Finally, at about 10 P.M., I reached a point where the lever functioned although in a loose, floppy kind of way and there was little or no dripping when the faucet was closed. Our dog Oreo looked up from his bed underneath the kitchen table with a look that said: "Let it go, Dave. I need my sleep."

So I did let it go. For about thirty minutes. But I couldn’t leave the job uncompleted. Being the anal-retentive obsessive-compulsive that I am, I returned to the kitchen and tried again.
And to my surprise (and Oreo’s relief), I somehow managed to reattach the lever so that it was no longer loose and actually functioned properly.

As with past efforts, I had once again achieved success. At least success as I define it - i.e. - a completed job in less than three hours with no injuries and a minimum of water on the floor.

But the sad fact remains: I have now replaced the faucet cartridge three times but I somehow seem to have acquired precious little practical knowledge in the process. Despite my experience, I still rely mostly on fate, luck and magic to get the job done.

I’m hoping against hope that five years from now when it’s time to replace the cartridge again, I’ll remember to pull out this essay to help lead me through the plumbing darkness. But since I still don’t know how I did it even this time, I’m afraid that a new plumbing adventure is waiting for me sometime in the year 2012.

Friday, February 23, 2007

The Fillmores

February is prime time for awards ceremonies with the presentation of both the Grammys and the Oscars. Few people are aware, however, that February is also when the annual awards for outstanding achievement in politics are handed out. Last week’s Fillmore awards were hosted by Henry Kissinger and, for those who missed it, here are this year’s winners:

Best supporting role as a political party
The Democrats in the 2006 mid-term elections.

Most presidential President
The nominees included (1) George W. Bush, (2) Bill Clinton and (3) Jimmy Carter. And the winner was Josiah Bartlett, still the best president America never had.

Blackest Democratic presidential candidate
Vying for the award were (1) Jesse Jackson, (2) Al Sharpton and (3) Barack Obama. The winner for the twelfth straight year was Bill Clinton.

Best tax cut
The nominees were (1) George W. Bush’s ten-year, trillion dollar tax cut, (2) George W. Bush’s repeal of the estate tax and (3) George W. Bush’s elimination of the tax on dividends. And the winners were.....George W. Bush and the American upper class.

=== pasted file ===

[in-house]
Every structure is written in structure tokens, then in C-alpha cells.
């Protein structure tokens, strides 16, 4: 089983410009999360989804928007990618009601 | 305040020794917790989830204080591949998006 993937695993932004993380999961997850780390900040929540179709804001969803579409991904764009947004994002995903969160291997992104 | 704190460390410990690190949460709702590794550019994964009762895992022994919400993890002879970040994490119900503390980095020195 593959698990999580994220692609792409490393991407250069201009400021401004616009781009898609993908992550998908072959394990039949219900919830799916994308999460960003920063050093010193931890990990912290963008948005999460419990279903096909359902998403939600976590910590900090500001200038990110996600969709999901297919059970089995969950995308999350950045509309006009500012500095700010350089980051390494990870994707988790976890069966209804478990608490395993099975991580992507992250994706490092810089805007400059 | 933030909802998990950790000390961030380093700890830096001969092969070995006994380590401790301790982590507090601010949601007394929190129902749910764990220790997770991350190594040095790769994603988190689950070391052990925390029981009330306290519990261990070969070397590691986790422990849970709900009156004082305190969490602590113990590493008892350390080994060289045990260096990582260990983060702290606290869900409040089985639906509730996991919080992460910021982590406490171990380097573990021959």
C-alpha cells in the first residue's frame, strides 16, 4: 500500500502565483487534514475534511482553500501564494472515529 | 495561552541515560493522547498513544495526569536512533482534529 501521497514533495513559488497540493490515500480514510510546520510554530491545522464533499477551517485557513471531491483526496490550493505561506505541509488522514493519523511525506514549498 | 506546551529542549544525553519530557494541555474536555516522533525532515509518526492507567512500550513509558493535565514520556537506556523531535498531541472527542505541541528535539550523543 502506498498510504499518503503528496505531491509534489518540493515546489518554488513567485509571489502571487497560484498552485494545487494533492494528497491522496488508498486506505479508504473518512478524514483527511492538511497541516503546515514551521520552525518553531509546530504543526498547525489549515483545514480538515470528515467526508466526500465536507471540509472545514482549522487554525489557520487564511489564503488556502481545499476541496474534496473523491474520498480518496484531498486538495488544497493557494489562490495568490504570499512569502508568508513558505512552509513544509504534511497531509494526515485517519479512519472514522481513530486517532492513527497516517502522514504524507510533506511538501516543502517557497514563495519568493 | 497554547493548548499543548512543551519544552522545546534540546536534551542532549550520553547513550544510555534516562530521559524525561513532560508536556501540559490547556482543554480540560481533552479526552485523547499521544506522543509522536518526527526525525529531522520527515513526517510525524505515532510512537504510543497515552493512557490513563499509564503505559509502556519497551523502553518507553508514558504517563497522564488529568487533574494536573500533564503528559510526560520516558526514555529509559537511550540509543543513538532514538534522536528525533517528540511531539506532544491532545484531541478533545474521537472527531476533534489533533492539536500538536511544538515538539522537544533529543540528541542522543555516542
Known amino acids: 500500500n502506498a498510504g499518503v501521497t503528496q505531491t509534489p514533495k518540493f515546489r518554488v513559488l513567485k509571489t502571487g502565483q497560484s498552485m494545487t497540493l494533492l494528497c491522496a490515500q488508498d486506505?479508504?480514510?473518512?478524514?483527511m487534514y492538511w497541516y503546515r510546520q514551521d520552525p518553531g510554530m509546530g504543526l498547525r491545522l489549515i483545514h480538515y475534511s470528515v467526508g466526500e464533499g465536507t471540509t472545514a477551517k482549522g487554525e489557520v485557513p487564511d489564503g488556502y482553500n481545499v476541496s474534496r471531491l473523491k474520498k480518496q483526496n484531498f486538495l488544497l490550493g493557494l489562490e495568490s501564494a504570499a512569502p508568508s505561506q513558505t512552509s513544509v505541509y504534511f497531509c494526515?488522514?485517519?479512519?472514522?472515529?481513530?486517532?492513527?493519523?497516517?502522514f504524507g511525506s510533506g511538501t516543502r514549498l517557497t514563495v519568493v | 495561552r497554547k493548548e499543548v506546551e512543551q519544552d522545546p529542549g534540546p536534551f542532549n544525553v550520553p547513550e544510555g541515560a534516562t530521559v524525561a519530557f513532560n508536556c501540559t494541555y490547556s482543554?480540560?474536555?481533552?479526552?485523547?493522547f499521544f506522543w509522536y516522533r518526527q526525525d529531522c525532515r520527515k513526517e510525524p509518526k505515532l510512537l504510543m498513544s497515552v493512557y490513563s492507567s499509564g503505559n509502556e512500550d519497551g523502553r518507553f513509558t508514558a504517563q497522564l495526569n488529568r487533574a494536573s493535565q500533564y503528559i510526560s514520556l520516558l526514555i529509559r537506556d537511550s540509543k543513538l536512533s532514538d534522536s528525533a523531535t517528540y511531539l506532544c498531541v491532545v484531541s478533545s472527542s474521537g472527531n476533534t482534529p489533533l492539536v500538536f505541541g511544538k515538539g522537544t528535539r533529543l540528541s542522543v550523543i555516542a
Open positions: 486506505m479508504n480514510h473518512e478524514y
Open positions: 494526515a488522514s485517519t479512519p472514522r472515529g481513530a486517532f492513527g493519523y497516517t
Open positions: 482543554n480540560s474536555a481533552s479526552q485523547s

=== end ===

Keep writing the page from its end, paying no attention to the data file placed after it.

Best excuse for engaging in unilateral, extraterritorial, geopolitical excursions
The nominees included (1) weapons of mass destruction, (2) brutal dictatorship and (3) treaty violations. And the unanimous winner was "oil."

Evilest axis of evil: Iran and North Korea, tie

Evilest non-elected foreign leader
The winner was Osama bin Laden. Mr. bin Laden could not be present for the awards ceremony. Accepting on Mr. bin Laden’s behalf was Noam Chomsky.

Most confusing trio of foreign nations: Iran, Iraq and North Korea

Runners up: (1) Niger, Nigeria and Namibia, (2) Togo, Tonga and Tobago and (3) Turkmenistan, Tajikistan and Uzbekistan.

Best superpower: The United States. Runners up: none.

Best political acting in a non-elected role
The nominees included (1) Sean Penn, (2) Barbra Streisand and (3) Warren Beatty. And the Fillmore went to George W. Bush.

Best political source for late night comedians: George W. Bush. The runners up were (1) John Kerry, (2) Dick Cheney and (3) Dennis Kucinich.

Best political source for late night comedians - lifetime achievement award: Bill Clinton

Most frequently invoked religious figure in a political setting
The nominees included (1) Jesus Christ, (2) Mohammed and (3) Moses. And the winner was God. God was not present to accept the award but asked that all those invoking His name for political purposes go straight to Hell.

Most violated political document: The U.S. Constitution

Due to the absence of qualified candidates, the "Most compassionate conservative award" was not presented this year.

Wednesday, February 21, 2007

Black Like Me

Presidential candidate Barack Obama is being criticized for not being black enough. Despite having an African father and an American mother, some commentators argue that Obama is not African-American because he isn’t descended from slaves. Consequently, the ‘bona fides’ of other presidential candidates is also coming under scrutiny:

Hillary Clinton
Ms. Clinton is under attack for not being female enough. Although she bears some feminine characteristics, some commentators say she is not a true woman. After all, they say, wasn’t this the person who foreswore baking cookies and pouring tea during her husband’s first presidential campaign? Political consultants are advising her to dump the pantsuits, start wearing dresses and keep on smiling.

John Edwards
The 2004 Democratic vice presidential candidate is being criticized for not being southern enough. Despite the southern accent and good ole boy charm, the media is questioning his south of the Mason-Dixon line credentials. After all, he’s only from North Carolina, not South Carolina; he doesn’t have a Confederate flag sticker on his car and his neck is decidedly white. More NASCAR race attendance and gun ownership are definitely in order.